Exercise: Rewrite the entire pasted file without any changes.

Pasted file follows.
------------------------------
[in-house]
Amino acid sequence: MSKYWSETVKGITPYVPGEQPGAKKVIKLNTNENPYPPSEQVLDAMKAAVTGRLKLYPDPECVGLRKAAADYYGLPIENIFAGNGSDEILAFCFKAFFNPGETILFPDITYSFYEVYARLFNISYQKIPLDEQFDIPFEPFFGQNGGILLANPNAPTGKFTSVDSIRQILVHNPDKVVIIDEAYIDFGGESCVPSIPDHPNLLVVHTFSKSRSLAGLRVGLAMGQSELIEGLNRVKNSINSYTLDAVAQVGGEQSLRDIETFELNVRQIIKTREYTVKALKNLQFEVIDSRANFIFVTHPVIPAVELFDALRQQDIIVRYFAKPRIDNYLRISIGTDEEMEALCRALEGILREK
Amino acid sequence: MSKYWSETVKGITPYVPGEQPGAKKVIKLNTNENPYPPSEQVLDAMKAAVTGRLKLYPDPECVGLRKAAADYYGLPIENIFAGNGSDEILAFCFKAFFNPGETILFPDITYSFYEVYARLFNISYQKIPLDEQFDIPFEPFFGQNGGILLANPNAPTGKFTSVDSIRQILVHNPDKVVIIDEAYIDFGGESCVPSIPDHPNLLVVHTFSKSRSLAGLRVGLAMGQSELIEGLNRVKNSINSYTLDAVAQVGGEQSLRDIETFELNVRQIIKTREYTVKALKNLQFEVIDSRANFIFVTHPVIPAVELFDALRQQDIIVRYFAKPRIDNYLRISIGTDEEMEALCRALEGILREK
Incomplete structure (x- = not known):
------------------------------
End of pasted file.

[in-house]
Amino acid sequence: MSKYWSETVKGITPYVPGEQPGAKKVIKLNTNENPYPPSEQVLDAMKAAVTGRLKLYPDPECVGLRKAAADYYGLPIENIFAGNGSDEILAFCFKAFFNPGETILFPDITYSFYEVYARLFNISYQKIPLDEQFDIPFEPFFGQNGGILLANPNAPTGKFTSVDSIRQILVHNPDKVVIIDEAYIDFGGESCVPSIPDHPNLLVVHTFSKSRSLAGLRVGLAMGQSELIEGLNRVKNSINSYTLDAVAQVGGEQSLRDIETFELNVRQIIKTREYTVKALKNLQFEVIDSRANFIFVTHPVIPAVELFDALRQQDIIVRYFAKPRIDNYLRISIGTDEEMEALCRALEGILREK
Amino acid sequence: MSKYWSETVKGITPYVPGEQPGAKKVIKLNTNENPYPPSEQVLDAMKAAVTGRLKLYPDPECVGLRKAAADYYGLPIENIFAGNGSDEILAFCFKAFFNPGETILFPDITYSFYEVYARLFNISYQKIPLDEQFDIPFEPFFGQNGGILLANPNAPTGKFTSVDSIRQILVHNPDKVVIIDEAYIDFGGESCVPSIPDHPNLLVVHTFSKSRSLAGLRVGLAMGQSELIEGLNRVKNSINSYTLDAVAQVGGEQSLRDIETFELNVRQIIKTREYTVKALKNLQFEVIDSRANFIFVTHPVIPAVELFDALRQQDIIVRYFAKPRIDNYLRISIGTDEEMEALCRALEGILREK
Incomplete structure (x- = not known):